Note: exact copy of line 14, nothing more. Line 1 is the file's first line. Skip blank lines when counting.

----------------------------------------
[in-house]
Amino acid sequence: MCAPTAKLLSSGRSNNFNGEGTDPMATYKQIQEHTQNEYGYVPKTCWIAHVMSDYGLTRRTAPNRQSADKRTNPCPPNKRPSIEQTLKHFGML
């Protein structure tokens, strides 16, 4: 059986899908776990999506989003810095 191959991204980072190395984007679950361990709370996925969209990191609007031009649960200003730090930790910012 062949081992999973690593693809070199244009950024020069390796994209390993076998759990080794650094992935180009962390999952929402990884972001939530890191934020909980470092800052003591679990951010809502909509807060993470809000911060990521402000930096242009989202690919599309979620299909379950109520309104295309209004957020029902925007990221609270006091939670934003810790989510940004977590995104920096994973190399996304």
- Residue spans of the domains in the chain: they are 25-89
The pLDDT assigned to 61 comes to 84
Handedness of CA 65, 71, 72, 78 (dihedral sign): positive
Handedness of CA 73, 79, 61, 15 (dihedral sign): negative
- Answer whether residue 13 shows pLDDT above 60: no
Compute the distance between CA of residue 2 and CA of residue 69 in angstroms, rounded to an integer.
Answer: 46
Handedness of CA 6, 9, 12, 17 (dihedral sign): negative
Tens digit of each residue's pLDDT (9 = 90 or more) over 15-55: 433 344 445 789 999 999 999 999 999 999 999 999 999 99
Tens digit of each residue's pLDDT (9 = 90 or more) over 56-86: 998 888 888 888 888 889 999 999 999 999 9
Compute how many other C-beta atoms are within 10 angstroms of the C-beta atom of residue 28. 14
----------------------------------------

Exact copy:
Compute how many other C-beta atoms are within 10 angstroms of the C-beta atom of residue 28. 14